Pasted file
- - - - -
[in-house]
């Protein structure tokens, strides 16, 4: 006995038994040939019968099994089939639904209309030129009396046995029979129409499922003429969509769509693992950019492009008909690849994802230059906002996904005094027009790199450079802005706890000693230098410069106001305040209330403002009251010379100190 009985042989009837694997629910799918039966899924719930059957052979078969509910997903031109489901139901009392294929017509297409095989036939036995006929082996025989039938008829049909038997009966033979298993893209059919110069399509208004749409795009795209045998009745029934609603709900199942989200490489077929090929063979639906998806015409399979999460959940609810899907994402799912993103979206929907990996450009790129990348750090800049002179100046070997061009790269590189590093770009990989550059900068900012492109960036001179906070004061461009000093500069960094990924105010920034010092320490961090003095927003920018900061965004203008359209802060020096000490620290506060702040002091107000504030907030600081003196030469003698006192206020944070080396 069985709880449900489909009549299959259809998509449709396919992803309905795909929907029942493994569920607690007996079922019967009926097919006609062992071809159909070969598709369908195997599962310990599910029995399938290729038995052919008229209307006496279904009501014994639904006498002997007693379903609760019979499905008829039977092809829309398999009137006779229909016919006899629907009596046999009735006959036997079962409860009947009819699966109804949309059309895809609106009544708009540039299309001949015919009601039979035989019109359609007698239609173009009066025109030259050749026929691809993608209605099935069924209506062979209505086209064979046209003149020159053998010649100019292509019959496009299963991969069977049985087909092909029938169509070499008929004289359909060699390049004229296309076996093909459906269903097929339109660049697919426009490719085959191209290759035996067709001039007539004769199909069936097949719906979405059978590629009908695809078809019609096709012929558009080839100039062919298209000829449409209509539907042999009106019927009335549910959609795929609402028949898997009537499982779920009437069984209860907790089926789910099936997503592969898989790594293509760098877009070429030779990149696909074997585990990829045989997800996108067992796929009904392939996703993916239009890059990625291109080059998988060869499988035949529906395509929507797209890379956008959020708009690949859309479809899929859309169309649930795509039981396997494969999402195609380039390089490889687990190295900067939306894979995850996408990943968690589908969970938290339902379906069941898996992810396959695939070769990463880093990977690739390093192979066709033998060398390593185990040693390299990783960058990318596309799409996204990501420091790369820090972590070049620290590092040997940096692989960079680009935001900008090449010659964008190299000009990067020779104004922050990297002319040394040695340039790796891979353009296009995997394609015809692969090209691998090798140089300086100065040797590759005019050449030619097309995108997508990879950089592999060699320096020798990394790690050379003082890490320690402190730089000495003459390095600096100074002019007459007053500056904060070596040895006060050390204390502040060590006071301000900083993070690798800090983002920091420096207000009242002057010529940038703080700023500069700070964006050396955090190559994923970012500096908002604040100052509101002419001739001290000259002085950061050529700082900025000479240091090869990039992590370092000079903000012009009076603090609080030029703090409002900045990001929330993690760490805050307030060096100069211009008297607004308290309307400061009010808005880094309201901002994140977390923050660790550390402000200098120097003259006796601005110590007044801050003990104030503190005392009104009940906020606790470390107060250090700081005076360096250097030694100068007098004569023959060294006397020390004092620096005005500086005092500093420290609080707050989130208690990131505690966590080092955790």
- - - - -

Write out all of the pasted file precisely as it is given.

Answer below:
[in-house]
């Protein structure tokens, strides 16, 4: 006995038994040939019968099994089939639904209309030129009396046995029979129409499922003429969509769509693992950019492009008909690849994802230059906002996904005094027009790199450079802005706890000693230098410069106001305040209330403002009251010379100190 009985042989009837694997629910799918039966899924719930059957052979078969509910997903031109489901139901009392294929017509297409095989036939036995006929082996025989039938008829049909038997009966033979298993893209059919110069399509208004749409795009795209045998009745029934609603709900199942989200490489077929090929063979639906998806015409399979999460959940609810899907994402799912993103979206929907990996450009790129990348750090800049002179100046070997061009790269590189590093770009990989550059900068900012492109960036001179906070004061461009000093500069960094990924105010920034010092320490961090003095927003920018900061965004203008359209802060020096000490620290506060702040002091107000504030907030600081003196030469003698006192206020944070080396 069985709880449900489909009549299959259809998509449709396919992803309905795909929907029942493994569920607690007996079922019967009926097919006609062992071809159909070969598709369908195997599962310990599910029995399938290729038995052919008229209307006496279904009501014994639904006498002997007693379903609760019979499905008829039977092809829309398999009137006779229909016919006899629907009596046999009735006959036997079962409860009947009819699966109804949309059309895809609106009544708009540039299309001949015919009601039979035989019109359609007698239609173009009066025109030259050749026929691809993608209605099935069924209506062979209505086209064979046209003149020159053998010649100019292509019959496009299963991969069977049985087909092909029938169509070499008929004289359909060699390049004229296309076996093909459906269903097929339109660049697919426009490719085959191209290759035996067709001039007539004769199909069936097949719906979405059978590629009908695809078809019609096709012929558009080839100039062919298209000829449409209509539907042999009106019927009335549910959609795929609402028949898997009537499982779920009437069984209860907790089926789910099936997503592969898989790594293509760098877009070429030779990149696909074997585990990829045989997800996108067992796929009904392939996703993916239009890059990625291109080059998988060869499988035949529906395509929507797209890379956008959020708009690949859309479809899929859309169309649930795509039981396997494969999402195609380039390089490889687990190295900067939306894979995850996408990943968690589908969970938290339902379906069941898996992810396959695939070769990463880093990977690739390093192979066709033998060398390593185990040693390299990783960058990318596309799409996204990501420091790369820090972590070049620290590092040997940096692989960079680009935001900008090449010659964008190299000009990067020779104004922050990297002319040394040695340039790796891979353009296009995997394609015809692969090209691998090798140089300086100065040797590759005019050449030619097309995108997508990879950089592999060699320096020798990394790690050379003082890490320690402190730089000495003459390095600096100074002019007459007053500056904060070596040895006060050390204390502040060590006071301000900083993070690798800090983002920091420096207000009242002057010529940038703080700023500069700070964006050396955090190559994923970012500096908002604040100052509101002419001739001290000259002085950061050529700082900025000479240091090869990039992590370092000079903000012009009076603090609080030029703090409002900045990001929330993690760490805050307030060096100069211009008297607004308290309307400061009010808005880094309201901002994140977390923050660790550390402000200098120097003259006796601005110590007044801050003990104030503190005392009104009940906020606790470390107060250090700081005076360096250097030694100068007098004569023959060294006397020390004092620096005005500086005092500093420290609080707050989130208690990131505690966590080092955790």